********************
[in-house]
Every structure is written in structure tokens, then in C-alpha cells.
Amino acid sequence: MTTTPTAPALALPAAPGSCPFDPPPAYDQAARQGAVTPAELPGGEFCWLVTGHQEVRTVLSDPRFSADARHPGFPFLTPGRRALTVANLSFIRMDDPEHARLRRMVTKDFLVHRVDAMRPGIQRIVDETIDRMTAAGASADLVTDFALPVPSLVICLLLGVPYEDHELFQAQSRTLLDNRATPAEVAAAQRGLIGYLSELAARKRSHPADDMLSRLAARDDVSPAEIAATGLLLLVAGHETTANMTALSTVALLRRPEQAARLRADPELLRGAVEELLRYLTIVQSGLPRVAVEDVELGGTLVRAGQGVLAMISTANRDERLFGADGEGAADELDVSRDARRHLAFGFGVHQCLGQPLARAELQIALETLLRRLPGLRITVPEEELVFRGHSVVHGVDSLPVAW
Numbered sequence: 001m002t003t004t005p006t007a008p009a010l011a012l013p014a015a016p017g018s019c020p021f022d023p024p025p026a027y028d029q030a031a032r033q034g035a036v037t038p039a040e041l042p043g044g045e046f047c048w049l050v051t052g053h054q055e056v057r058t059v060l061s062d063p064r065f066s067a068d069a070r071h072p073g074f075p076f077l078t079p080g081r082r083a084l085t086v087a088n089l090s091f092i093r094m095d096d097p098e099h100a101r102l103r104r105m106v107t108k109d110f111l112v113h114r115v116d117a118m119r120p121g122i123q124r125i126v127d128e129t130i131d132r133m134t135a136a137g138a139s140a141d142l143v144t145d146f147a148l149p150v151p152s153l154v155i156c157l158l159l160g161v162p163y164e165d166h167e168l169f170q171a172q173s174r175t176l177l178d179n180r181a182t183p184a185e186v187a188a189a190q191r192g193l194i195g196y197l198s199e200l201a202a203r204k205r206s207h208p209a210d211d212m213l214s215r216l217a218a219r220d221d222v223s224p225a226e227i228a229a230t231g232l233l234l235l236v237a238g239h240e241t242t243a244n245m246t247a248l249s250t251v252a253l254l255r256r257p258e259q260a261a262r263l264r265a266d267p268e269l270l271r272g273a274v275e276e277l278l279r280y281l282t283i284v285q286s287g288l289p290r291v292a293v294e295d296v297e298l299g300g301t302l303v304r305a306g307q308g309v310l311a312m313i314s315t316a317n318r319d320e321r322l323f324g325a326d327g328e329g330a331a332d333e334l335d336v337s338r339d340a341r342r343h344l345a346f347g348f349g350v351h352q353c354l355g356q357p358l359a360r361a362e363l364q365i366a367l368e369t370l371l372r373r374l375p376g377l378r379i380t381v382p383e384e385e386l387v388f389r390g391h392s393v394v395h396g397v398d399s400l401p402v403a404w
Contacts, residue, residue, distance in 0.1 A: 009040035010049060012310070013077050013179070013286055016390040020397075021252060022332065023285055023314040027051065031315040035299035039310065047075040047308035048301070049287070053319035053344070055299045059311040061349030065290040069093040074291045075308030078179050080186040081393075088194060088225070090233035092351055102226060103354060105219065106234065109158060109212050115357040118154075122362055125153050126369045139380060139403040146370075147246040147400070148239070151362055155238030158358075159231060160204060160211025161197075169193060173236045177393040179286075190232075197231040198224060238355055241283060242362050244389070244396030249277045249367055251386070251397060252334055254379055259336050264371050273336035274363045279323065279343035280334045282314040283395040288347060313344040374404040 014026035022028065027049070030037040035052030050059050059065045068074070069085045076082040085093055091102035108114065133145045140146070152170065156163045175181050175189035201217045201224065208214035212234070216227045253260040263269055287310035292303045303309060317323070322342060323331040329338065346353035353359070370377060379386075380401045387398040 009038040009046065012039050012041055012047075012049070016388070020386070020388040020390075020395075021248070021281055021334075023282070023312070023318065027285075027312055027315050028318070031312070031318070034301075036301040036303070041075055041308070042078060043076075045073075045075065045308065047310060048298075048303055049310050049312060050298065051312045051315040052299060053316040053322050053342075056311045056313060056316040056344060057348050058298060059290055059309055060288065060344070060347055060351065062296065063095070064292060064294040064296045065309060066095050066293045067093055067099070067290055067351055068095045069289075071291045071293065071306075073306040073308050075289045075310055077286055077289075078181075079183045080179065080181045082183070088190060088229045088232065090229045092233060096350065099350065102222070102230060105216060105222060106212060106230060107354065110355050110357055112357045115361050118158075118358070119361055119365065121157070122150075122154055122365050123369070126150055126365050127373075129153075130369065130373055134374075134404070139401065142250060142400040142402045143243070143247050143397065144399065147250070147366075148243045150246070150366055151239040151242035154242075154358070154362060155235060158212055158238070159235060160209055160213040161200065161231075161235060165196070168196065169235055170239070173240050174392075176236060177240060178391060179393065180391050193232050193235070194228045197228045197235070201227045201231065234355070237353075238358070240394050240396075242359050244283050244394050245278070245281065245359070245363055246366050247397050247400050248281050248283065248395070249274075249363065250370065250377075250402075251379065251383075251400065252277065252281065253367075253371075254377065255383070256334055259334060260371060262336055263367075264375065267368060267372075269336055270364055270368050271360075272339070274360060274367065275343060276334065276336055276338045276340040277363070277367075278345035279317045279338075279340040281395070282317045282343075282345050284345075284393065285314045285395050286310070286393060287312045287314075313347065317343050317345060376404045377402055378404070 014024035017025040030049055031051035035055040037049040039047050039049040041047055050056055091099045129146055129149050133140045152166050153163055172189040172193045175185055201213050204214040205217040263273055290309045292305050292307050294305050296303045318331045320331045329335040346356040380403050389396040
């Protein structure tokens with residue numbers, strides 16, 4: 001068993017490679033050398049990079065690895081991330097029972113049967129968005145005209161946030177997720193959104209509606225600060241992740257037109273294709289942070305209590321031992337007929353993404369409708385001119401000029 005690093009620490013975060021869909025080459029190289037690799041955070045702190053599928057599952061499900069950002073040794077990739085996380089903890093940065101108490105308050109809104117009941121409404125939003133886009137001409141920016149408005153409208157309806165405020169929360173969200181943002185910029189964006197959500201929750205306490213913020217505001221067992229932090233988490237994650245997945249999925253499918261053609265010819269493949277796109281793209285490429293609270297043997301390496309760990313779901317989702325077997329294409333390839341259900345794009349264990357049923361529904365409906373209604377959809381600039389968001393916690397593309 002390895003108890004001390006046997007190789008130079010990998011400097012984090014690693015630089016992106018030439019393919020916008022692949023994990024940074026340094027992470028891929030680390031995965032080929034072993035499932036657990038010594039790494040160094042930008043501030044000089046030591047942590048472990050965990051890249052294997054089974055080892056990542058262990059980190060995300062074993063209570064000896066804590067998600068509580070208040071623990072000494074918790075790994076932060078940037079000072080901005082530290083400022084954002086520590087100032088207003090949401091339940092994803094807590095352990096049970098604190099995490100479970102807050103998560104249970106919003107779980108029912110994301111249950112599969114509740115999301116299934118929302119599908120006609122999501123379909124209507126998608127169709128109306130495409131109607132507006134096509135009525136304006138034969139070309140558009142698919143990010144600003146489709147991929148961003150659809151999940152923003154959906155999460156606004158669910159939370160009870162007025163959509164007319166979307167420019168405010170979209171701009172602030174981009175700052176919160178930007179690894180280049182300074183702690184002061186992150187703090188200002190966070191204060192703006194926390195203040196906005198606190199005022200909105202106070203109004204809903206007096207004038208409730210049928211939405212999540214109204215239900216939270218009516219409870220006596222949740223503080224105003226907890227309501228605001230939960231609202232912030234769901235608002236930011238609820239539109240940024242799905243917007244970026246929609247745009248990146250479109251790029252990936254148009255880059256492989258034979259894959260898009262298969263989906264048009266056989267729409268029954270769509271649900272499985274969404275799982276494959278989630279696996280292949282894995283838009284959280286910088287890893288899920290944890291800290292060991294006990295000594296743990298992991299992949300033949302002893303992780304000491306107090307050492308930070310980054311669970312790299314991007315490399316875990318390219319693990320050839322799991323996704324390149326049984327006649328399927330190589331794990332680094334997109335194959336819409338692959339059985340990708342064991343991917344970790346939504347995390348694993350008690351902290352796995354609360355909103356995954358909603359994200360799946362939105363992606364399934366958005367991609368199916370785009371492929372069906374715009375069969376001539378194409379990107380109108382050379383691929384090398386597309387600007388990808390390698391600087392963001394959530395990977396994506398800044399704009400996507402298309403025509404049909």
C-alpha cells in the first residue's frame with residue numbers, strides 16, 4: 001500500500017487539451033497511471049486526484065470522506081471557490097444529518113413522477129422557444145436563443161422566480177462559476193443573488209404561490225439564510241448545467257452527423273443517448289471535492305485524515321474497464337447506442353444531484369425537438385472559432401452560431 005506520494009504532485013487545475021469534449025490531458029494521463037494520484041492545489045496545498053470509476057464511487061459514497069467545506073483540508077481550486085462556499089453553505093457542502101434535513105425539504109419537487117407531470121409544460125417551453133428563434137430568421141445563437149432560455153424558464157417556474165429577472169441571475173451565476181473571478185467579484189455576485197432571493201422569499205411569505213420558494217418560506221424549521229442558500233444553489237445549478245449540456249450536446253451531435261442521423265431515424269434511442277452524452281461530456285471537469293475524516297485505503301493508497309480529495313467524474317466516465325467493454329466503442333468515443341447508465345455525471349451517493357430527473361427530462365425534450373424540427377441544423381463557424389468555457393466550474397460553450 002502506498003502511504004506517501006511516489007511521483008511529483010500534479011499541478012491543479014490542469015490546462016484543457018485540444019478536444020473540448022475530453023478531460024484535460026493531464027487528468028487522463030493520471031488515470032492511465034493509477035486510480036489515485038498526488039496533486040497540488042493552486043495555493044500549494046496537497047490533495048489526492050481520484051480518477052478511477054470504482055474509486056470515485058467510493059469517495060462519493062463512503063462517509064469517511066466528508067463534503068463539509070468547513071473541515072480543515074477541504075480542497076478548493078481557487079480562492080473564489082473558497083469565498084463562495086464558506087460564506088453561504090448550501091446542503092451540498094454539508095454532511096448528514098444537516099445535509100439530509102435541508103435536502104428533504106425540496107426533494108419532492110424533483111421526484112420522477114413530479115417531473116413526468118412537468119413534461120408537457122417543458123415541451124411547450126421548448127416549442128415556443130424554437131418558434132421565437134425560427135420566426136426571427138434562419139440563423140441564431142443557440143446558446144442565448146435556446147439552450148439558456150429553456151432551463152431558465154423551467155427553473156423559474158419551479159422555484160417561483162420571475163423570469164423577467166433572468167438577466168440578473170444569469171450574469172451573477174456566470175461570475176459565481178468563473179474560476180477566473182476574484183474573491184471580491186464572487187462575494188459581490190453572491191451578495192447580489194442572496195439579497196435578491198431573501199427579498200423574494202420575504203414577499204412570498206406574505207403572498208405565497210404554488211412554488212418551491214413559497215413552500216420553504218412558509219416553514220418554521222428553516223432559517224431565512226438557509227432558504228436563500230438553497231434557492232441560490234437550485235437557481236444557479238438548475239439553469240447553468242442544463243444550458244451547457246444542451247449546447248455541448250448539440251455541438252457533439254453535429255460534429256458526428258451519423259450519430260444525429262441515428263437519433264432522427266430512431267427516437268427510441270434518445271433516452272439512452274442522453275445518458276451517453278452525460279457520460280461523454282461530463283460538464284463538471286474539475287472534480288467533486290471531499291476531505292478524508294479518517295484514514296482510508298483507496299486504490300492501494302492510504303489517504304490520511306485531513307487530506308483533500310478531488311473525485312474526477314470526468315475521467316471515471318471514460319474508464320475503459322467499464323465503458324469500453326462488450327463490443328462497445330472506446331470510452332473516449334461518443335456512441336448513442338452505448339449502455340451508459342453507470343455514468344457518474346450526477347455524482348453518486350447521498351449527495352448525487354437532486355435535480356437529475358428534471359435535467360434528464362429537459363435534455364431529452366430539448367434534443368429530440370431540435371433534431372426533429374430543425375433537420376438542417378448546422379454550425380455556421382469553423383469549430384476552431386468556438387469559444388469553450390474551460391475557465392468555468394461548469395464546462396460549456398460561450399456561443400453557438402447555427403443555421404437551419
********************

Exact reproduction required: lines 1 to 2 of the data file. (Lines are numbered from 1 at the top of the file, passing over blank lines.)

[in-house]
Every structure is written in structure tokens, then in C-alpha cells.